Council rejects crossing for major Perth road

The entrance to Terry Tyzack Aquatic Centre from Alexander Drive, Image: Google
The entrance to Terry Tyzack Aquatic Centre from Alexander Drive, Image: Google

A PROPOSED pedestrian crossing for a major road in Yokine has been knocked back.

Stirling councillor Suzanne Migdale sought establishment of a crossing on Alexander Drive from Yokine Reserve to Terry Tyzack Aquatic Centre.

Currently, pedestrians give way to cars and can wait on a median between the four lanes of traffic.

In a report presented to the December 3 council meeting, the City said it did not support a formal road crossing because it did not meet Main Roads requirements.

The report said a 2015 investigation found the number of pedestrians and cyclists crossing Alexander Drive was “significant short” of what Main Roads required to support a crossing.

It said numbers would not have significantly increased in the past five years because there had been no major changes to development on either side of the road.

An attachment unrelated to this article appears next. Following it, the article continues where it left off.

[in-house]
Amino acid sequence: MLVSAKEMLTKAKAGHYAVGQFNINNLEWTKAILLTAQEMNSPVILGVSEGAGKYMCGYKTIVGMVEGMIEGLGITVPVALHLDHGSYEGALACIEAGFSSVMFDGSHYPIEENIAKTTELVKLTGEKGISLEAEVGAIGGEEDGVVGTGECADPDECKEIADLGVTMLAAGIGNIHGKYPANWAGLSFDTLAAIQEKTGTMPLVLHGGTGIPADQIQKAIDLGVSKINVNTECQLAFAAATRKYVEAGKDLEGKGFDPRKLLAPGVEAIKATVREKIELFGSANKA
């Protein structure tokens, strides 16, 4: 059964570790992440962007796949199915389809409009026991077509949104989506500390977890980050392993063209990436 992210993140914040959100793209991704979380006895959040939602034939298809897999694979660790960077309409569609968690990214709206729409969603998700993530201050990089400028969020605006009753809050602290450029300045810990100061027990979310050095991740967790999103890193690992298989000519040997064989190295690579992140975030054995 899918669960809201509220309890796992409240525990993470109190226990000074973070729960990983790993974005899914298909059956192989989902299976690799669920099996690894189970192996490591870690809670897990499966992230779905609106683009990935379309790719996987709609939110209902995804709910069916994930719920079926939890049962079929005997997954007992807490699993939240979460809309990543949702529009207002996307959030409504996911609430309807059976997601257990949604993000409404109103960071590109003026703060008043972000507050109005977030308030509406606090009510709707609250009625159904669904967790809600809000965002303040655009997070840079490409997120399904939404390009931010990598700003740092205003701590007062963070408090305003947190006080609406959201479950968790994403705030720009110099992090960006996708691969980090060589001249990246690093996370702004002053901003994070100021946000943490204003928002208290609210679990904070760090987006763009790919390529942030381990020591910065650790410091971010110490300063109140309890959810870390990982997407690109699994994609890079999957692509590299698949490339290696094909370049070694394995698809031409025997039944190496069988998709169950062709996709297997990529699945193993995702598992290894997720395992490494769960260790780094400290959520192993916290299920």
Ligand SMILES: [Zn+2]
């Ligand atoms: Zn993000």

According to the report, the City had previously considered installation of traffic lights at the Alexander and Wordsworth Avenue intersection, which could potentially include a pedestrian crossing, but approval also rested with Main Roads and said it was unlikely to be supported.

“In recent years, the traffic signal approval process through Main Roads WA has become increasingly complex and difficult, to the point where very few Black Spot applications for new signals have been approved for the entire metropolitan area,” it said.

Cr Migdale supported the findings and council voted not to proceed.

Step forward for Beaufort Street crossing

At the same meeting, council voted to monitor pedestrian numbers on Beaufort Street in Mt Lawley.

The City will spend $6000 on a contractor to undertake video surveys to find whether a pedestrian crossing is warranted between Second and Third avenues.

A City report said previous investigations undertaken in 2002 and 2013 found the number of pedestrians using the area did not meet Main Roads minimum criteria for a crossing.

But it recommended a subsequent investigation because of the amount of time that had passed and development that occurred in the area since the last data was collected.